This package provides a common interface for the analysis of ecological networks, using julia. It is very opinionated about the "right" way to do things, but we have documented our opinions in several publications (see the references at the bottom of this page, and in the documentation of all functions).

The package is built around a type system for networks, which is intended to capture the different types of data and communities ecologists need to handle. This makes the package extensible, both by writing additional methods with a very fine-tuned dispatch, or by adding additional types that should work out of the box (or be very close to).

This package is a library for the analysis of ecological networks. On purpose, we do not provide "wrapper"-type functions that would perform an entire analysis. We experimented with this idea during development, and rapidly realized that even for the most simple research project, we needed to make small tweaks that made the wrappers a nuisance. We decided to give you lego blocks, and it's your job to build the kick-ass spaceship.

We tried to avoid making the package into yet another Domain Specific Language. This means that when an operation should be expressed using the julian syntax, we made it this way. Transforming networks from a type to another is done with convert. Random networks are drawn with rand. Swapping of interactions is done with shuffle. There is support for slicing of networks, as well as the entire operations on sets. A lot of methods from Base have been overloaded, and this should make the code easy to write and read, since it looks almost exactly like any other Julia code on arrays.

Why should I use this package?

It offers a single interface to analyse almost all type of networks for ecology. It's somewhat fast (very specialized packages are likely to be faster). It's built around the very best practices in network analysis. We think the type system is very cool. It's very well tested and adequately documented. We used it for research and teaching for months before releasing it. It's actively maintained and we will keep adding functionalities.

You don't have to use it if you don't want to.

But it doesn't even make figures!

The code for network visualization is in a companion package named EcologicalNetworksPlots. There are two reasons for this decision.

First, network visualization, although attractive, is not necessary for network analysis. It can help, but given the wrong network layout technique, it can also introduce biases. When the volume of networks increased, we found that visualization became less and less informative. Because it is not strictly speaking a tool for analysis, it is not part of this package.

Second, it helps to keep software dependency small. Most of our work using this package is done on clusters of one sort of the other, and having fewer dependencies means that installation is easier. EcologicalNetworksPlots can be installed like any other Julia package. It is also documented on [its own website][ENP].


And worse, you forgot my favorite method!

Yeah, about that. We probably didn't.

A lot of methods were considered for inclusion in the package, but ultimately discarded because we were not 100% confident in their robustness, reliability, validity, or interpretation. As we said, the package is very opinionated about the right way to do things, and new functions require more time for maintenance and testing; it makes sense for us to focus on things we trust.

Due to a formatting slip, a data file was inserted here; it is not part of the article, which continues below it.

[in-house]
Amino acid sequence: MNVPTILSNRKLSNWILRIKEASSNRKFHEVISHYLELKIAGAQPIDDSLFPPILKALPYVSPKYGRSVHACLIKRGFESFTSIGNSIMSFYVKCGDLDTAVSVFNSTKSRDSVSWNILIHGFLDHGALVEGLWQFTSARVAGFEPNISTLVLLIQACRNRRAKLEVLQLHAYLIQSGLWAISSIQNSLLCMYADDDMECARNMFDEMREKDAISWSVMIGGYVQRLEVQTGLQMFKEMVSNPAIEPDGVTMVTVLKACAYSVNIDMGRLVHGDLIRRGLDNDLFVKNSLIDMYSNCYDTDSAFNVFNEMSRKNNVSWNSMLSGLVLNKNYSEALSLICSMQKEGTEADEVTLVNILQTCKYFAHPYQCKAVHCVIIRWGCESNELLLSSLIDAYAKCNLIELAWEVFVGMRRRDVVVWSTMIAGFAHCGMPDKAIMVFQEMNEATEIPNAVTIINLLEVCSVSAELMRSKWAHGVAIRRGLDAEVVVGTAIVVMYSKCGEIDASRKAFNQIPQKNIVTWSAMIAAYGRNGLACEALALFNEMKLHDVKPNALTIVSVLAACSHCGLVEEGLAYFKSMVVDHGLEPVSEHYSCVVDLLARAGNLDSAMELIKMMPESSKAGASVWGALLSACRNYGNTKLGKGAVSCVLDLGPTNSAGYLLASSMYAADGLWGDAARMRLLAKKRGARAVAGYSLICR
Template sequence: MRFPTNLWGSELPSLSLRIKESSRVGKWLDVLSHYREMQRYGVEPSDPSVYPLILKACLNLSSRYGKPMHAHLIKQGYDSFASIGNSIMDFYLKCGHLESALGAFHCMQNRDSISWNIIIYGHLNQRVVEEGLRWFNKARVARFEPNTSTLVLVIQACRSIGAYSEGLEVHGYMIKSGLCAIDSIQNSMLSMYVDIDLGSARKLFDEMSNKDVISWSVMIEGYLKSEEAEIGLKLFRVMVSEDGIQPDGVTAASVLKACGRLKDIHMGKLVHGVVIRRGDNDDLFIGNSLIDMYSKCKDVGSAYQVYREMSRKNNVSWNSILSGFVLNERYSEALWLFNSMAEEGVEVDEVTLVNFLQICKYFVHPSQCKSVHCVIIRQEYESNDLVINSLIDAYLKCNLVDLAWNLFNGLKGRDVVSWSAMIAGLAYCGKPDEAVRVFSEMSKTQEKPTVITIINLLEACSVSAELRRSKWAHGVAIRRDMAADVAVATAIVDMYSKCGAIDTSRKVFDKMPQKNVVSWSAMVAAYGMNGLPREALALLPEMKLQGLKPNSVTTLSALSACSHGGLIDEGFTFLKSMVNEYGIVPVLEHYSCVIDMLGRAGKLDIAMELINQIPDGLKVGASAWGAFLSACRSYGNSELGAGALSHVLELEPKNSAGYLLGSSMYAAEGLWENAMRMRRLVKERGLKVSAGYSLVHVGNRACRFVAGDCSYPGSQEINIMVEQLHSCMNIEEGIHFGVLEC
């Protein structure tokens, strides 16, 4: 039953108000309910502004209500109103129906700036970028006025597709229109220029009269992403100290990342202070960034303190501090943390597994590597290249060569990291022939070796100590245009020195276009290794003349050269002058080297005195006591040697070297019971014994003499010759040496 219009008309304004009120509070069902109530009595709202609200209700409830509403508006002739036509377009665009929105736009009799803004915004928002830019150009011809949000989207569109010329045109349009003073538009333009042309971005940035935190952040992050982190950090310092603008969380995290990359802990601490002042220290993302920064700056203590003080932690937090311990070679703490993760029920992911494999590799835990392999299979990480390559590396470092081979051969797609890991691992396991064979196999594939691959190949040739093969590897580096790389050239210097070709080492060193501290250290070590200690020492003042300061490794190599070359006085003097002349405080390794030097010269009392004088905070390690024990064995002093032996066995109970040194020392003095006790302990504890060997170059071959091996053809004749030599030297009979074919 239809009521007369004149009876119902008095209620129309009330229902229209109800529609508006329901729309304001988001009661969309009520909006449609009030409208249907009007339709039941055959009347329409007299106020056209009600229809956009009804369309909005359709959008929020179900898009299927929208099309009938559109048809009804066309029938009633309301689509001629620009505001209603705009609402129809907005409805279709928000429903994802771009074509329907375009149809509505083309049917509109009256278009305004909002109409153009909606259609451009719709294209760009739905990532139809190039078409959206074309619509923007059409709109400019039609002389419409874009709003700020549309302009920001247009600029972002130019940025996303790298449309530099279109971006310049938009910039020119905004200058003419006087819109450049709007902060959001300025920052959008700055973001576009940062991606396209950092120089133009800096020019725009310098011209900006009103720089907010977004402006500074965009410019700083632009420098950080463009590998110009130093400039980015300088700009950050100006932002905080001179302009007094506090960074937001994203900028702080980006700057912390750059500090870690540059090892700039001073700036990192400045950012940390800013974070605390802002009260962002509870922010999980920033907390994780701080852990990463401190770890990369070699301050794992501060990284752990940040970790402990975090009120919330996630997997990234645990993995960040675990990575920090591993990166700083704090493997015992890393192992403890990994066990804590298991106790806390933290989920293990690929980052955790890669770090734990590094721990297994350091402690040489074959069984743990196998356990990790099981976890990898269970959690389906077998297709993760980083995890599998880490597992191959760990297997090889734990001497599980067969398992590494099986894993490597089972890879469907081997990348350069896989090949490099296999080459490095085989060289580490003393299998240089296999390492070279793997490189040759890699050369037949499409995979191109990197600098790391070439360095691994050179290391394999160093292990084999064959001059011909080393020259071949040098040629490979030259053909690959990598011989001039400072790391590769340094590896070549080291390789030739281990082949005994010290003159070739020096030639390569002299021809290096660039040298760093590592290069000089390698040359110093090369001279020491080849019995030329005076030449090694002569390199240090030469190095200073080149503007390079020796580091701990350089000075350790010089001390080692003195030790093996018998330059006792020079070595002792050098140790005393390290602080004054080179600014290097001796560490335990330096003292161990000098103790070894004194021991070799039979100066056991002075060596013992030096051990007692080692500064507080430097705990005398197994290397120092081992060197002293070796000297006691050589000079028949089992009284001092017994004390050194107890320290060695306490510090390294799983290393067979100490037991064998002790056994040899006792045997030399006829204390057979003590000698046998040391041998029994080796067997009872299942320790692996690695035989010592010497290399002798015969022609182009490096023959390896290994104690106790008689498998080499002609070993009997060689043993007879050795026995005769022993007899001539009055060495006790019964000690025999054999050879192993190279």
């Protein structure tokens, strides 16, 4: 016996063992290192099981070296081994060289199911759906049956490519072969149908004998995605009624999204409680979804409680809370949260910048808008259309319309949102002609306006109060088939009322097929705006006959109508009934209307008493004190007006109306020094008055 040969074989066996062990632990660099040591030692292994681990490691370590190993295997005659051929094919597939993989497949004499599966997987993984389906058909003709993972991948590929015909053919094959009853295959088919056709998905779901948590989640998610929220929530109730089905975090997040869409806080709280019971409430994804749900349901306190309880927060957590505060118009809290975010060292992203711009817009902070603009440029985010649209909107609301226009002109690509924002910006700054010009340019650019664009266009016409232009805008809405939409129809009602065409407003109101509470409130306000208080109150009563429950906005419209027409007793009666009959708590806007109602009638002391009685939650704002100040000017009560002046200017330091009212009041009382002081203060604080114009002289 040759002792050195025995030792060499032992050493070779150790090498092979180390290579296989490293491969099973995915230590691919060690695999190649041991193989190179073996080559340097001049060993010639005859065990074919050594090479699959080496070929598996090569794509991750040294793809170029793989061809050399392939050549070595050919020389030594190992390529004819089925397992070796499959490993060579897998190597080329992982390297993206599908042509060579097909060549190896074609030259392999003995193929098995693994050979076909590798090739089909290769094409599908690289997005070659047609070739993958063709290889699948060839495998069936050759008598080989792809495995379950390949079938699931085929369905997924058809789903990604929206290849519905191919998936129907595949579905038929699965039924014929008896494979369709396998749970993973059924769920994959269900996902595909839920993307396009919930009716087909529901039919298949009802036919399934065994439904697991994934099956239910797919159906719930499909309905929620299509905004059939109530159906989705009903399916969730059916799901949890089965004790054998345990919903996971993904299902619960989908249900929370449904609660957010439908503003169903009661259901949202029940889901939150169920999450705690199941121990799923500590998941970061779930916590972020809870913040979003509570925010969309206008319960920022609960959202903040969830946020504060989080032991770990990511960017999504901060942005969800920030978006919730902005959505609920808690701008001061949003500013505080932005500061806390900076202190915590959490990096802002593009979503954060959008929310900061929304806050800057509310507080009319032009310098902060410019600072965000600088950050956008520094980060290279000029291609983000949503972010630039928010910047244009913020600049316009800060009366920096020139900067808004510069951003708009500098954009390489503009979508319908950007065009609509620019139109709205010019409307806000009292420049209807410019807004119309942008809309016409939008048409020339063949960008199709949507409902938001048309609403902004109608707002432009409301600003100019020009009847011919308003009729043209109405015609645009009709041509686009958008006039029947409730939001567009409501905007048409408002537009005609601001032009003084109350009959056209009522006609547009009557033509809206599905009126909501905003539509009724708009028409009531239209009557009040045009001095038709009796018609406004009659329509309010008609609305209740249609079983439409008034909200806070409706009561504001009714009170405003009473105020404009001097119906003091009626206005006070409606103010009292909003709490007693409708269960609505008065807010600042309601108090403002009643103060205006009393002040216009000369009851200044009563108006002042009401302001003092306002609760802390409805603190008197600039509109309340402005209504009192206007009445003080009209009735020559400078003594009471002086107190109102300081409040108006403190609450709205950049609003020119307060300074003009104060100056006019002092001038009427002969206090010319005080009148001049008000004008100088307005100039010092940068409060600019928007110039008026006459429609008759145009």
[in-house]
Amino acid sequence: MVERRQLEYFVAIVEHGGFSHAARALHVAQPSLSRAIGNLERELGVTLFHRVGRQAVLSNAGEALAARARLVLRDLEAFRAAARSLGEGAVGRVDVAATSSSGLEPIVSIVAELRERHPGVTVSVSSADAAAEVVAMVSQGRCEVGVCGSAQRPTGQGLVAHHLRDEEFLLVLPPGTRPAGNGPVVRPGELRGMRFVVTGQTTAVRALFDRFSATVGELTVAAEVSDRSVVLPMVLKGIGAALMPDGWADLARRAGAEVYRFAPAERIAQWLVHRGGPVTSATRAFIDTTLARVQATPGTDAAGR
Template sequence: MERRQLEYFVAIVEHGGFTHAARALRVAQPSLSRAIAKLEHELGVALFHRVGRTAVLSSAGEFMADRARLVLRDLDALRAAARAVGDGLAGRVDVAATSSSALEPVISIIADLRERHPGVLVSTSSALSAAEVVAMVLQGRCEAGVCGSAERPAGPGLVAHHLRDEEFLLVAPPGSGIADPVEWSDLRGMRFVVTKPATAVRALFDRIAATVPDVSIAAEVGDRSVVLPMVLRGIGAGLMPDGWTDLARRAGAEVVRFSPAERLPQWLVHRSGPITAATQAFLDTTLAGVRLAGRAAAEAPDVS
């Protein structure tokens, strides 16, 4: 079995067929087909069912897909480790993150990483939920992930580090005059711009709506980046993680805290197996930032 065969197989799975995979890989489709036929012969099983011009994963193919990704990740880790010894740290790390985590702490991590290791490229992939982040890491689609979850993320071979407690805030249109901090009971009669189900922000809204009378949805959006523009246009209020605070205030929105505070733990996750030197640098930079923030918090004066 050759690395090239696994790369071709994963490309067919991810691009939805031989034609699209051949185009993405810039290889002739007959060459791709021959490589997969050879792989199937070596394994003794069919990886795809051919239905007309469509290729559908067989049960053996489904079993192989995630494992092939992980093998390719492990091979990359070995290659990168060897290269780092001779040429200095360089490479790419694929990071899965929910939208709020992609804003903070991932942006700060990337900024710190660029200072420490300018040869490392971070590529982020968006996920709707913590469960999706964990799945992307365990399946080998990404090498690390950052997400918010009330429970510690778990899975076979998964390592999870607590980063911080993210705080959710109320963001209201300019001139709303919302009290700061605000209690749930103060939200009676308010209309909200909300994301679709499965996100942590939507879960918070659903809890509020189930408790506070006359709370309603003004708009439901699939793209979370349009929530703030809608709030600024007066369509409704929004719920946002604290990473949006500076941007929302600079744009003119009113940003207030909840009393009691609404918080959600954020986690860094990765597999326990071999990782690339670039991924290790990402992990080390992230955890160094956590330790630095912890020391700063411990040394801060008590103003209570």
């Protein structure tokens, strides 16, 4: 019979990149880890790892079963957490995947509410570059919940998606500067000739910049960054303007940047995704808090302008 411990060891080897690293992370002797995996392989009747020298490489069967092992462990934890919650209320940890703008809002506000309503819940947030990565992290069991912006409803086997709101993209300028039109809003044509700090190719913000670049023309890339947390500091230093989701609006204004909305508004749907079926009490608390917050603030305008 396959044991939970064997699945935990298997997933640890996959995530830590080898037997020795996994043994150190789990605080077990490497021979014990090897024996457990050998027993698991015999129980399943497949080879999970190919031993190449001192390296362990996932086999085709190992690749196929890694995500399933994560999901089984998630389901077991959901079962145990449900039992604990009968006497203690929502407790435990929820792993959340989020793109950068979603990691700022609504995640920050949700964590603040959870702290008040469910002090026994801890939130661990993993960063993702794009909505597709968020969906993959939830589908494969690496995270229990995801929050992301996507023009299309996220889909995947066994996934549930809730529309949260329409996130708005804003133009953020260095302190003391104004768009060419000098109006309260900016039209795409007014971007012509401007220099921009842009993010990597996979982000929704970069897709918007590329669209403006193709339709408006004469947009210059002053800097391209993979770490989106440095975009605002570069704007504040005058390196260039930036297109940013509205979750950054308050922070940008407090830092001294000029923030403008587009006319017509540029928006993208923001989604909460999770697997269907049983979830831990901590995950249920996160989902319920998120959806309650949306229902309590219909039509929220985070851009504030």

If your favorite measure or method is missing, there are two solutions. First, this package is essentially a library of functions to build network analyses, so you can use this to create a function that does what you want. For example, if you want to take the square root of a quantitative network, you can overload the method from base this way:

import Base: √

function √(N::T) where {T <: QuantitativeNetwork}
   @assert all(N.edges .> zero(eltype(N.edges)))
   # Take the square root of the interaction strength
   sqrt_matrix = sqrt.(N.edges)
   # Return a new network with the correct types
   return T(sqrt_matrix, EcologicalNetworks._species_objects(N)...)

The second solution (which is actually a second step after you have been writing your own method), is to submit a pull request to the package, to have your new methods available in the next release. Currently, we will be very selective about which methods are added (because every line of code needs to be maintained).


About the analysis of ecological networks in general, the package covers (or will cover over time) most of the measures we identified as robust in the following publication:

Delmas, Eva, Mathilde Besson, Marie-Hélène Brice, Laura A. Burkle, Giulio V. Dalla Riva, Marie-Josée Fortin, Dominique Gravel, et al. « Analysing Ecological Networks of Species Interactions ». Biological Reviews (2018), 112540.

We highly recommend we keep it nearby when using the package. A lot of decisions taken during development are grounded in the analysis of the literature we conducted over a few years. Anything else is now documented in the functions themselves.

How can I contribute?

Good question!

The easiest way to contribute is to use the package, and [open an issue][issue] whenever you can't manage to do something, think the syntax is not clear, or the documentation is confusing. This is in fact one of the best ways to help.


If you want to contribute code, you can fork this repository, and start adding the functions you want, or changing the code. Please work from the develop branch (master does not accept pull requests except from maintainers, and cannot be pushed to unless a series of conditions are met). It's better if all of your code is tested and documented, but we will work with you when receiving the pull request anyways.